Comments: The incomparable Brie Larson (The Room) makes this movie a stand out. We are used to seeing ripped and over-muscled male superheroes in every MCU film up to Captain Marvel. It is refreshing to see a lithe Olympic-class gymnast instead of all the beef. Captain Marvel brings constantly intriguing inventive problem-solving skills she learned as an ace fighter pilot to the confusing alternate-world she is thrust into.  Larson is not flashy and instead delves into the subtle complexity of her character. She is always fascinating to watch in every role, especially this one.

Scobe: 3 stars ***

Comments: The first part of the movie is (sorry to say this) quite dull. The lead actress, Brie Larson, does not have the energy of personality to pull off a character who will become the Superwoman of the Marvel Universe. Samuel L. Jackson is great as Nick Fury and the overall concept of the movie is quite compelling. It is a fun watch but not a top-notch Marvel thriller.

Avengers: Endgame (2019):

Rob: 4.5 stars ****1/2*

Comments: Too much of everything for a theatre. The only way to get everything this movie is crammed with is to buy the dvd and spend a week watching it frame-by-frame. That may make economic sense from the producer’s point-of-view but I refuse to do that. Still it’s fun to see every hero in the MCU make an appearance. It’s also fun to the villain vanquished and the universe saved yet again.  The real question is whether killing off heroes will revitalize the MCU

Scobe: 5 stars *****

Comments: Can the Avengers come back from the dead? This movie has it all and a Hulk that you might like or hate. War is hell! Go get that Thanos.

Spider-Man: Far from Home (2019):

Rob: 5 stars *****

Comments: great to see Tom Holland back as Spider-Man.  Watching Jake Gyllenhaal team up with Spider-Man as the co-hero Peter Parker needs is almost as much fun SPOILER ALERT-SPOILER ALERT  as it is to see Jake as the gleefully greedy super-villain that makes Spidey’s ultimate last-second triumph all the sweeter.  The best James Bond movies are the ones with complex and interesting villains and that holds true here.  Well written and well-acted.  Glad to see a bigger part for Happy Hogan; maybe he knows the director.  Spider-Man is my favorite superhero. Part of the fun of rock climbing (since I was 16) is getting as close to being Spider-Man as I can without being bitten by a radioactive spider.

Scobe: 5 stars *****

Comments: Another superb movie. Spider-Man is in a class of his own and Tom Holland and a great script by Chris McKenna and Erik Sommers are the reasons for this. Spidey fights great villains and the contests are amazing. The usual cast returns and Spidey’s best friend, Ned Leeds (played beautifully by Jacob Batalon) is a terrific foil for Peter Parker. We want more Spider-Man movies!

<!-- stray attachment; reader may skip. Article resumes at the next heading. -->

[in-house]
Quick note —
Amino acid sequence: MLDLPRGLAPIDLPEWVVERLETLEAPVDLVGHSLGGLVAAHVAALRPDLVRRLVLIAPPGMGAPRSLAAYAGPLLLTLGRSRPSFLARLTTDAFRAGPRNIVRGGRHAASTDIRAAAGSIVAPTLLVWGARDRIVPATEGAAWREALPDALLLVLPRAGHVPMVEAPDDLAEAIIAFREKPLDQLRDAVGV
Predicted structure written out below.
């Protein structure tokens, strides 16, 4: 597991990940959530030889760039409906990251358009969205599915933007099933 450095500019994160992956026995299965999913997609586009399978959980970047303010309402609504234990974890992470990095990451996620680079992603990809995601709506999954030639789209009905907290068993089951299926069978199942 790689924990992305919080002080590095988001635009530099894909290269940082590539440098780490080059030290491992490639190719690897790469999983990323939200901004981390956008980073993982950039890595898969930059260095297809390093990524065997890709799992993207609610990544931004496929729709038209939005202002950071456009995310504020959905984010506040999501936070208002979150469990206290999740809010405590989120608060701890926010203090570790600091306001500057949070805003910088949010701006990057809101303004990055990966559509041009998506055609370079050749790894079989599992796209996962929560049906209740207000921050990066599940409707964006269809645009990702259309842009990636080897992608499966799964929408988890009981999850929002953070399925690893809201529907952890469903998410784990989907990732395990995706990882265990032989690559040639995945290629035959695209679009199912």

The Beautiful AP and I were outside checking on the damage that some fallen branches had caused on our property due to the storm Isaias. I am on one side of our house; she is on the other side of our house.

A fence was hit with a large branch right near the bedroom side of the house. “There’s a totally broken fence over here,” I shouted. “Destroyed the fence and just missed the bedroom by about a foot too.”

“There’s Shweetie asking for food over here,” she shouted.

“Shweetie was on the deck’s railing yesterday asking me for food,” I shouted back. I did give him some seeds yesterday.

We named him Shweetie because almost all Cardinals are shweeties. But this one was our special one.

“Hi Shweetie,” laughed AP.

I went around to that side of the house and sure enough there was Shweetie, the Cardinal, standing on our gutter looking down at us and squawking.

But we needed to check the house so we walked around it. Shweetie followed us around the whole house. He was on the gutters and we were on the ground. Shweetie made sure we were always within sight and sound.

“We have to feed him,” said AP. So when we got to the deck at the back of the house, AP went inside and brought out some seed. Shweetie was on the railing, waiting patiently, about five feet from us. I was talking to him; asking him about his day and how his family was getting along.

When he saw AP approaching with the bowl of food he hopped onto the branch of a nearby bush. Although Shweetie knew us from weeks of contact, since we’d talk to him gently as if he were a member of our household, he was a wild bird and still a bit leery of us.

Shweetie was not like the pigeons in New York City or the gulls in almost all shore towns; such birds have little fear of people. In fact, they will steal food right from your hand you if you aren’t paying any attention.

The Beautiful AP and I sit on our deck almost daily during the COVID shutdown and one day he joined us. Now after months of his daily visits we have met his whole family consisting of Mrs. Shweetie, and his three juvenile daughters.

Shweetie feeds them in the bushes, trees and right on the railing of our deck. He spends hours eating seeds and then regurgitating them into his children’s beaks. The children quiver when he approaches them. Interestingly enough, Mrs. Shweetie has not done any feeding. She is also more skittish than Shweetie, but I think the juveniles take us as part of the landscape.

We delight in their presence and find their family meals more entertaining than anything on Netflix.

“Why don’t people have Cardinals as pets?” I asked. “These birds are absolutely beautiful. The male’s red and black coloration is amazing. Their songs are great too.”

So we looked it up. Cardinals are protected under the Migratory Bird Treaty Act of 1918. Cardinals cannot be sold as cage birds as they were over a century ago.

Sadly, in the wild Shweetie will probably live only three years. In captivity he could live almost two decades.

As I write this I hear the call of Shweetie outside my window. He has a family to feed and the Beautiful AP and I are ready to help him out. It’s the least we can do for our friend.

Photos by Alene Scoblete

Frank Scoblete’s web site is His books are available on, Barnes and Noble, Kindle, e-books and at bookstores.